BG, SE

In development

God Overestimated Me

Bog me nadceni

84 years old Emilia is sitting quietly on her bed in a little kitchen, built by her deceased son Ruslan, shaken by the tremors of progressing Parkinson’s disease. Keeping her company in there, are: a TV, a cat called Ginger, a dripping tab, a clock and occasionally Tsura – the woman who takes care of her.
A seemingly boring existence in a seemingly boring scenery.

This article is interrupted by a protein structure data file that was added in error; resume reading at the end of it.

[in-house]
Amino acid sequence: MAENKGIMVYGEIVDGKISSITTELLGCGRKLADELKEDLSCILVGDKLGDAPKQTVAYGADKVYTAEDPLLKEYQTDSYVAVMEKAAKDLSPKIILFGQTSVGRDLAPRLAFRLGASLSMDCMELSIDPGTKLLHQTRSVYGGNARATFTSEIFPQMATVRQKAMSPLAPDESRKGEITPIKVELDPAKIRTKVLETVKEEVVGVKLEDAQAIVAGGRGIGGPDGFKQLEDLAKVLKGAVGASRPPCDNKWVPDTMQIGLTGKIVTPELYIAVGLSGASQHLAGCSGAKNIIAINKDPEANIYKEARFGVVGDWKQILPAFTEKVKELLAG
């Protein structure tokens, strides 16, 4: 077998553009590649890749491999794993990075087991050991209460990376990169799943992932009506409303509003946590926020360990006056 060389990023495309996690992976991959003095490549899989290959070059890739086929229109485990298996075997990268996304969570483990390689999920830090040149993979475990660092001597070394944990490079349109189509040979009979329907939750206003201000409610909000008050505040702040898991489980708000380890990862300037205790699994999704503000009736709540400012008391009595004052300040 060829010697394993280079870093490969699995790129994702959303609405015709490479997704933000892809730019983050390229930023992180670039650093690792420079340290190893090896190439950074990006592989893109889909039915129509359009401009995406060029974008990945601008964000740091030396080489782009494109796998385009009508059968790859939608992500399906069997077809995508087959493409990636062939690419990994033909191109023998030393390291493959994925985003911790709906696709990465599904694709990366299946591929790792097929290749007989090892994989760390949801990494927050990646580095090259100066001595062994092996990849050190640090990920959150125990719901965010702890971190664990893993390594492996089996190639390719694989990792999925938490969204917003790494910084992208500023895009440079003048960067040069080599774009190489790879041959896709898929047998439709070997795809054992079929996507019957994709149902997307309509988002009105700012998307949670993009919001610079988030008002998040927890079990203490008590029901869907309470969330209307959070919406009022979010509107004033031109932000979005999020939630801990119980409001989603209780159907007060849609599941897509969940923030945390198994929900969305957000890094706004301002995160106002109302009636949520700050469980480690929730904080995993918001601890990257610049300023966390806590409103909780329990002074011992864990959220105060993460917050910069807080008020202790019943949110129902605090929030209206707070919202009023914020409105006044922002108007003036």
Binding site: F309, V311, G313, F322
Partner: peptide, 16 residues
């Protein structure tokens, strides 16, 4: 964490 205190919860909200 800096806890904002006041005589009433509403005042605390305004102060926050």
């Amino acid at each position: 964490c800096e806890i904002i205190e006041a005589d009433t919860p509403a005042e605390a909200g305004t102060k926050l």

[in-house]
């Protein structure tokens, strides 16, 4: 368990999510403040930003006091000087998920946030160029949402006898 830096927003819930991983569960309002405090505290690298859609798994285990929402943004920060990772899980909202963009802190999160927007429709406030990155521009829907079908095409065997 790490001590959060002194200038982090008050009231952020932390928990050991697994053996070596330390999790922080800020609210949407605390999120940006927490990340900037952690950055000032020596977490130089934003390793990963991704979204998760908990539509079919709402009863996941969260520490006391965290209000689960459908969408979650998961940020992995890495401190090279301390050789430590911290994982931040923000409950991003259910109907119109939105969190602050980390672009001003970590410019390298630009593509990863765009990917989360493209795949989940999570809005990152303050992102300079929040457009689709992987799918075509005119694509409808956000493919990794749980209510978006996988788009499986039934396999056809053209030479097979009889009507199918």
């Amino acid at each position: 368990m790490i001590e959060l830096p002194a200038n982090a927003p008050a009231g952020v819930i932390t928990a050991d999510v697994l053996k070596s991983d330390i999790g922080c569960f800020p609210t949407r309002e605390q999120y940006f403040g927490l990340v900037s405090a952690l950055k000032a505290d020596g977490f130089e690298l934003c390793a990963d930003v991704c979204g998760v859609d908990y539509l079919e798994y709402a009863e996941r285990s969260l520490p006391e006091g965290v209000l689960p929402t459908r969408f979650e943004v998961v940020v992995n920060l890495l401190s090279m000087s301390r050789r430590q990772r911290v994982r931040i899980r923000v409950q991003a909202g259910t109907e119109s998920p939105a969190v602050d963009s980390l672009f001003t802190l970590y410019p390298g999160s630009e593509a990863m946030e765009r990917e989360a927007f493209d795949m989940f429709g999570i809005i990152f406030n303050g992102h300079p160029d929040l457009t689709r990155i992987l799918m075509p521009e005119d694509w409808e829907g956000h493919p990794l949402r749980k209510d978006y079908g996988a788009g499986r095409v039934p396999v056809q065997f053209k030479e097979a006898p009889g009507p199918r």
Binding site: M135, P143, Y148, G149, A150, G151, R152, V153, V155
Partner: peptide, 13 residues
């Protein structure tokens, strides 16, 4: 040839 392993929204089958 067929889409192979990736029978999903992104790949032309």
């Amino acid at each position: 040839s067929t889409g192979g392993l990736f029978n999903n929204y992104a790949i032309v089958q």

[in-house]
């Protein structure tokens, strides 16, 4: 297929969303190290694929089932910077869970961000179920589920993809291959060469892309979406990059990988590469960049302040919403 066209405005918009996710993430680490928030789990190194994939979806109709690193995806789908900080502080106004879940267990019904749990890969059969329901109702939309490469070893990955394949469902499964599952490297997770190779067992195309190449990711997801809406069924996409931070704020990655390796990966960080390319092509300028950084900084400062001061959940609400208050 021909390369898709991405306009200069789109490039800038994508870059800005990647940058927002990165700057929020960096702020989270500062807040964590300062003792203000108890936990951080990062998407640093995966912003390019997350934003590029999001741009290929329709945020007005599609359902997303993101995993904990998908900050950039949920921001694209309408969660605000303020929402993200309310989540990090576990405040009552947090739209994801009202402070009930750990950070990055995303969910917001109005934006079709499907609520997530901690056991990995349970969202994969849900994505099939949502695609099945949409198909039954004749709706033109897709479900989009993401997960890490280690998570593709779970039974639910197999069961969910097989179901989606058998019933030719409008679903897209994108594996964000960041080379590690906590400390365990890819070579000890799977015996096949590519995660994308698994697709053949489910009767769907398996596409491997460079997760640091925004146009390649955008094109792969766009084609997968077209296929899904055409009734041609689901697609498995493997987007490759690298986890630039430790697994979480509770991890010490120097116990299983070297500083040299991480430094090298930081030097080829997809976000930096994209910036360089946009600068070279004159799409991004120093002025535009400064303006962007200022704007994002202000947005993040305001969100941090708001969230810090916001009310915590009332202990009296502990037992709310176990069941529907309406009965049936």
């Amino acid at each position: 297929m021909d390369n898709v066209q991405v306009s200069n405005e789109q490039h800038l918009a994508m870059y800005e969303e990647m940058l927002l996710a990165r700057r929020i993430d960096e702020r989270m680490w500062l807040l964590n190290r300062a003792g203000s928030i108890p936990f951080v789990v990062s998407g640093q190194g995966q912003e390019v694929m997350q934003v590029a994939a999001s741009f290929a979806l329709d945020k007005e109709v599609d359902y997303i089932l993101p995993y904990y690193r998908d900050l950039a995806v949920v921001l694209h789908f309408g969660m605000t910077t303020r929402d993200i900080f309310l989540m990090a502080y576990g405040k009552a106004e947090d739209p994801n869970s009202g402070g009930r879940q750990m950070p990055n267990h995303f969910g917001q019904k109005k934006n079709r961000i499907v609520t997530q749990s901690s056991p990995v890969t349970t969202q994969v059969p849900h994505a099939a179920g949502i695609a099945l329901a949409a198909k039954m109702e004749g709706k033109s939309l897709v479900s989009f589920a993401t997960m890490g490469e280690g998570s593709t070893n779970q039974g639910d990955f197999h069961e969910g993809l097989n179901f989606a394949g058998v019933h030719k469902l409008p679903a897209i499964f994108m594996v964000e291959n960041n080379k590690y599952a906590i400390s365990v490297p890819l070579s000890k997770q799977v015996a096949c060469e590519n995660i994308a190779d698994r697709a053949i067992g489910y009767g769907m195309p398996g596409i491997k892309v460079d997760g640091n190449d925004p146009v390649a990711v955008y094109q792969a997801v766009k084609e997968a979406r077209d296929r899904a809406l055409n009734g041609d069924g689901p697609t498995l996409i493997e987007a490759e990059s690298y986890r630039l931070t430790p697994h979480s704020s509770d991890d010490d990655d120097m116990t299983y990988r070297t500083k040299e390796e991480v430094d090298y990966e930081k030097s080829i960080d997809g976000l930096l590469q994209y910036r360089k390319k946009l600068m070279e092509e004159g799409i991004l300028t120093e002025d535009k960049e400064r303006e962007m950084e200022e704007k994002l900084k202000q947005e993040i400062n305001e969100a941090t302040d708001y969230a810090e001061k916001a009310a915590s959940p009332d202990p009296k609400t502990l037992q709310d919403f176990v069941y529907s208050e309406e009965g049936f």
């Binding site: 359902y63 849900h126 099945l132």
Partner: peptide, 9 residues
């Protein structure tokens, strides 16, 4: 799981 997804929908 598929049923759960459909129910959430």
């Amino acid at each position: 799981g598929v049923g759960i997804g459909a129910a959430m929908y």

But in this universe of barely remarkable things and rare insignificant changes where it seams that time has stopped, even the most insignificant movement or sound can evoke Emilia’s memories. When this happens the film takes us from the small details in the kitchen to the vast imagery ocean of her past. Although personal and intimately spoken, Emilia’s story represents the lives of many others and mirrors the times it had taken place. As we listen to her words we wander among the images of human existence during the World War II, the bloodsheds of communism, the turmoil of Libya in 1980s and the chaos after the fall of the Iron Curtain. Her reflection on the emotional states we go trough when we lose our home or loved ones touches us deeply and brings universal meaning to her words. And although her life is soaked with injustice and humiliation, there’s no malice or fear in her words. Sometimes she would crack a little joke to make everybody laugh, other times she might sing a little song or spin a tale, and if we go to her weighed down by doubt and indecision, her words would comfort us.
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